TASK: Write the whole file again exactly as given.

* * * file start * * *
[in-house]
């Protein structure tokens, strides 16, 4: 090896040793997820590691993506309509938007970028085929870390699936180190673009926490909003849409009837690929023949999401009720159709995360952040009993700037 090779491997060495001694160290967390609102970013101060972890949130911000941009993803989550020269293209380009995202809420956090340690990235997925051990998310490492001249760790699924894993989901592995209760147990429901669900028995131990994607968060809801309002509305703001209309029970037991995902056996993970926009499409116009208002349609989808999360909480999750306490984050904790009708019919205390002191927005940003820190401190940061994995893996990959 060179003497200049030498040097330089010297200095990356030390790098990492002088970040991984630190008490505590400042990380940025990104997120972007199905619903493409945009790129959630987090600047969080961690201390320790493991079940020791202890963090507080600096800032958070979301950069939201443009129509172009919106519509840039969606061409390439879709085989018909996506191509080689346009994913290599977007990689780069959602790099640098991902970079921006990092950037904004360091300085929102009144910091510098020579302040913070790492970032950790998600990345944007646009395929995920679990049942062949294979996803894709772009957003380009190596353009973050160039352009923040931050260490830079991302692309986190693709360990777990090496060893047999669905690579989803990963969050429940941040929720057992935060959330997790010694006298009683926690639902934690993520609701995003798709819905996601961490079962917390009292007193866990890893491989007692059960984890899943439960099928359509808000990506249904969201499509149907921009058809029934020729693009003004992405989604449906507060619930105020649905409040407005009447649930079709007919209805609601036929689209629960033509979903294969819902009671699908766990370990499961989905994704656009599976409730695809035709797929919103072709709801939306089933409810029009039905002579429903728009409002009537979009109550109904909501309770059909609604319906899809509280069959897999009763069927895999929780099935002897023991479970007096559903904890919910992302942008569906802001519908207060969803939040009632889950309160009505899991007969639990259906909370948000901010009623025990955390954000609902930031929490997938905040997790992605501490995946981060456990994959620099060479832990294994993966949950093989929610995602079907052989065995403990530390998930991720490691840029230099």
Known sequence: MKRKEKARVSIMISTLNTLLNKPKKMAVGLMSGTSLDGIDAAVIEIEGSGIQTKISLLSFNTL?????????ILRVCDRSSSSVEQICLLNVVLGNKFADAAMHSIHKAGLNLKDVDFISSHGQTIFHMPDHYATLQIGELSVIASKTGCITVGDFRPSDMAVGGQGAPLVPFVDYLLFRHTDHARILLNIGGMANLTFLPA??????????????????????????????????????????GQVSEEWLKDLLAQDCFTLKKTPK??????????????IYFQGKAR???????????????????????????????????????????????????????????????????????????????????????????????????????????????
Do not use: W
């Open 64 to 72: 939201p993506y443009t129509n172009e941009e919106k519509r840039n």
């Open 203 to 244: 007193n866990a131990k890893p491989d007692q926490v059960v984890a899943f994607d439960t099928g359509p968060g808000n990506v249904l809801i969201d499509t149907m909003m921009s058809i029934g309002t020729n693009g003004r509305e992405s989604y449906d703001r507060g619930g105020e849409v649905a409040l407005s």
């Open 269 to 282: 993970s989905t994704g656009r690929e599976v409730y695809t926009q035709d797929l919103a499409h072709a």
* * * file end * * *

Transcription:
[in-house]
């Protein structure tokens, strides 16, 4: 090896040793997820590691993506309509938007970028085929870390699936180190673009926490909003849409009837690929023949999401009720159709995360952040009993700037 090779491997060495001694160290967390609102970013101060972890949130911000941009993803989550020269293209380009995202809420956090340690990235997925051990998310490492001249760790699924894993989901592995209760147990429901669900028995131990994607968060809801309002509305703001209309029970037991995902056996993970926009499409116009208002349609989808999360909480999750306490984050904790009708019919205390002191927005940003820190401190940061994995893996990959 060179003497200049030498040097330089010297200095990356030390790098990492002088970040991984630190008490505590400042990380940025990104997120972007199905619903493409945009790129959630987090600047969080961690201390320790493991079940020791202890963090507080600096800032958070979301950069939201443009129509172009919106519509840039969606061409390439879709085989018909996506191509080689346009994913290599977007990689780069959602790099640098991902970079921006990092950037904004360091300085929102009144910091510098020579302040913070790492970032950790998600990345944007646009395929995920679990049942062949294979996803894709772009957003380009190596353009973050160039352009923040931050260490830079991302692309986190693709360990777990090496060893047999669905690579989803990963969050429940941040929720057992935060959330997790010694006298009683926690639902934690993520609701995003798709819905996601961490079962917390009292007193866990890893491989007692059960984890899943439960099928359509808000990506249904969201499509149907921009058809029934020729693009003004992405989604449906507060619930105020649905409040407005009447649930079709007919209805609601036929689209629960033509979903294969819902009671699908766990370990499961989905994704656009599976409730695809035709797929919103072709709801939306089933409810029009039905002579429903728009409002009537979009109550109904909501309770059909609604319906899809509280069959897999009763069927895999929780099935002897023991479970007096559903904890919910992302942008569906802001519908207060969803939040009632889950309160009505899991007969639990259906909370948000901010009623025990955390954000609902930031929490997938905040997790992605501490995946981060456990994959620099060479832990294994993966949950093989929610995602079907052989065995403990530390998930991720490691840029230099």
Known sequence: MKRKEKARVSIMISTLNTLLNKPKKMAVGLMSGTSLDGIDAAVIEIEGSGIQTKISLLSFNTL?????????ILRVCDRSSSSVEQICLLNVVLGNKFADAAMHSIHKAGLNLKDVDFISSHGQTIFHMPDHYATLQIGELSVIASKTGCITVGDFRPSDMAVGGQGAPLVPFVDYLLFRHTDHARILLNIGGMANLTFLPA??????????????????????????????????????????GQVSEEWLKDLLAQDCFTLKKTPK??????????????IYFQGKAR???????????????????????????????????????????????????????????????????????????????????????????????????????????????
Do not use: W
């Open 64 to 72: 939201p993506y443009t129509n172009e941009e919106k519509r840039n």
């Open 203 to 244: 007193n866990a131990k890893p491989d007692q926490v059960v984890a899943f994607d439960t099928g359509p968060g808000n990506v249904l809801i969201d499509t149907m909003m921009s058809i029934g309002t020729n693009g003004r509305e992405s989604y449906d703001r507060g619930g105020e849409v649905a409040l407005s």
């Open 269 to 282: 993970s989905t994704g656009r690929e599976v409730y695809t926009q035709d797929l919103a499409h072709a």